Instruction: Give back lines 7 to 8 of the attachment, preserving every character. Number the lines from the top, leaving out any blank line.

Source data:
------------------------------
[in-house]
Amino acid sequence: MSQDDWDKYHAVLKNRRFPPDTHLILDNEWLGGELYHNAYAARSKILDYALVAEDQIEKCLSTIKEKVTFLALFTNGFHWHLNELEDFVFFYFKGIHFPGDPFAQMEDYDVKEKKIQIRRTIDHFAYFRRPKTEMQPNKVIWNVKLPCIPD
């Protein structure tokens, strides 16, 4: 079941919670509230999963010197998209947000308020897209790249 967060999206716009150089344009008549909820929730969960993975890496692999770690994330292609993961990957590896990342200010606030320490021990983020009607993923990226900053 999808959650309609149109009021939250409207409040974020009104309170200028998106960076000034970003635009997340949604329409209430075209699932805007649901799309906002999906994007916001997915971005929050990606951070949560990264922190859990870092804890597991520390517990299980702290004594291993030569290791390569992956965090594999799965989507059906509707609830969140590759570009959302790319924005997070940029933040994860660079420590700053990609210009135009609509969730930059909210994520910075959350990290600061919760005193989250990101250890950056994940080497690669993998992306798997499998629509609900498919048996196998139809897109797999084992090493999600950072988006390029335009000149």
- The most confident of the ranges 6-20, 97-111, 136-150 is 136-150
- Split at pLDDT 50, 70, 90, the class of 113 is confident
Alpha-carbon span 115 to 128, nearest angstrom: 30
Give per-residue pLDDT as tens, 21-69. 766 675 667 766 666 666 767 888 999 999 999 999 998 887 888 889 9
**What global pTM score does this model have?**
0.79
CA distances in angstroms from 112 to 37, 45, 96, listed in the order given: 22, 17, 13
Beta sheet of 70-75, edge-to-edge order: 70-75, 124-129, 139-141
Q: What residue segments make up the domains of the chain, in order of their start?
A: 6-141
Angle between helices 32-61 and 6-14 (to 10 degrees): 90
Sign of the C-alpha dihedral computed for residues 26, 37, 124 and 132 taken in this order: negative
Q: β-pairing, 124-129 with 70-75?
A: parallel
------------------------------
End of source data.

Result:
Give per-residue pLDDT as tens, 21-69. 766 675 667 766 666 666 767 888 999 999 999 999 998 887 888 889 9
**What global pTM score does this model have?**